Assistive Technology – Fulfilling the Needs of Adult Learners (Sandy Russo)

How adults can best use available Assistive technology to help them with their specific needs whether they be educational, job related or personal. Where to source the technology and how to use it.

Online Tutoring How It Works and Who can Benefit (Sandy Russo)

A look at the system SPELD uses for online tutoring. Who can uses the system and how much it costs. What are the advantages, limitations and what is needed to get the sytem working.

Texthelp Read and Write Demonstrations (Sandy Russo)

How can Texthelp Read and Write assist the students at your school. What are the differences between Texthelp Read and Write and Claroread? Are they the only options available? What does the school need to have in place to use this technology effectively?

Texthelp Read and Write Training (Sandy Russo)

Training modules can be developed to suit your school and its needs. For teachers, SSO's, students and anyone with access to the program. Learn how to use the toolbar effectively. A single workshop or a series of workshops; don't let the program gather dust on your computer's harddrive!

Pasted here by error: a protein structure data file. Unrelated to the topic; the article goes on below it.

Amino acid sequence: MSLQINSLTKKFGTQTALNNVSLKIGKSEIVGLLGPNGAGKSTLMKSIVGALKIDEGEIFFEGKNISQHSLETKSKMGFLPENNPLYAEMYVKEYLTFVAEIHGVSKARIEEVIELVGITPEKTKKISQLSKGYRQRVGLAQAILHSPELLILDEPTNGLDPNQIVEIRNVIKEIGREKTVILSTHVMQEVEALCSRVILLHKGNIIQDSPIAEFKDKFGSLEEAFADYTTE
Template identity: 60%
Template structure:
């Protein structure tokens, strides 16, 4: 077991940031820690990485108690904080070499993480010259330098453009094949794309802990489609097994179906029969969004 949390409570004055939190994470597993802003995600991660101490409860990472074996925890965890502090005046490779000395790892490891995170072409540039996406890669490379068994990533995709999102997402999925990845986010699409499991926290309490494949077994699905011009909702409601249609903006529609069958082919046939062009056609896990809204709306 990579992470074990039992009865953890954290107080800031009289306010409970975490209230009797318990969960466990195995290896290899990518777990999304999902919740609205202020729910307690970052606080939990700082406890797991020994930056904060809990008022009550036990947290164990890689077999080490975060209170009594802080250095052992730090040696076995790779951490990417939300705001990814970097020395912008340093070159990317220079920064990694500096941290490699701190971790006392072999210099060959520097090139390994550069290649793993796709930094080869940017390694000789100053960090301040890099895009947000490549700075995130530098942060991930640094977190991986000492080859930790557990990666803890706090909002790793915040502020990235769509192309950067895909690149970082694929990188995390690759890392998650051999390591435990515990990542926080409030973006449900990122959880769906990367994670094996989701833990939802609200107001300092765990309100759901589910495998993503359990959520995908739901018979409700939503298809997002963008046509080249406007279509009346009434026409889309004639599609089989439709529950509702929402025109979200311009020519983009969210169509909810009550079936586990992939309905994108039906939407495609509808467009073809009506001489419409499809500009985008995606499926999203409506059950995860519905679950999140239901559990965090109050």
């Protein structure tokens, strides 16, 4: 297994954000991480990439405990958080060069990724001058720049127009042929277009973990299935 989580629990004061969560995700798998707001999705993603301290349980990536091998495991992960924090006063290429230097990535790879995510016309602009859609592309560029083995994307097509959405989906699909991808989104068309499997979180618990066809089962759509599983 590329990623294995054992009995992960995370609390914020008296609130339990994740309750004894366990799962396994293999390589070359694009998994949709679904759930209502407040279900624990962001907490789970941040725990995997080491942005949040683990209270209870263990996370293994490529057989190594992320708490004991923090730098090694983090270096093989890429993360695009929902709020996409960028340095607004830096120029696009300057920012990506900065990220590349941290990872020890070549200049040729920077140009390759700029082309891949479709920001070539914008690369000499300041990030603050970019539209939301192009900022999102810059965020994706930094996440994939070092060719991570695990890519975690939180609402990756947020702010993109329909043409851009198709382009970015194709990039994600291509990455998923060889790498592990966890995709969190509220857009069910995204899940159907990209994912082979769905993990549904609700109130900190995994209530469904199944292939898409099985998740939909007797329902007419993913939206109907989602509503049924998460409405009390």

Making Independent Writers of Students with Working Memory Problems (Sandy Russo)

Many students that have learning difficulties experience difficulties remembering all their ideas when it comes to writing. Writing involves many processes and by the time pen touches paper and the challenge of working out how to spell the first word or even which word to use is reached by a struggling writer, the rest of their ideas have disappeared from their memory. Often these students are asked to work with a supporting adult, time restraints mean that ideas are often put into the hand of the writer. Often students who are receiving help quickly learn a form of learned helplessness, where if they wait long enough they know their helper will put some words into their writing for them. They receive help in how to spell those words without having to work out the sounds for themselves and when they have no help, they will refuse to write anything because they think they cannot.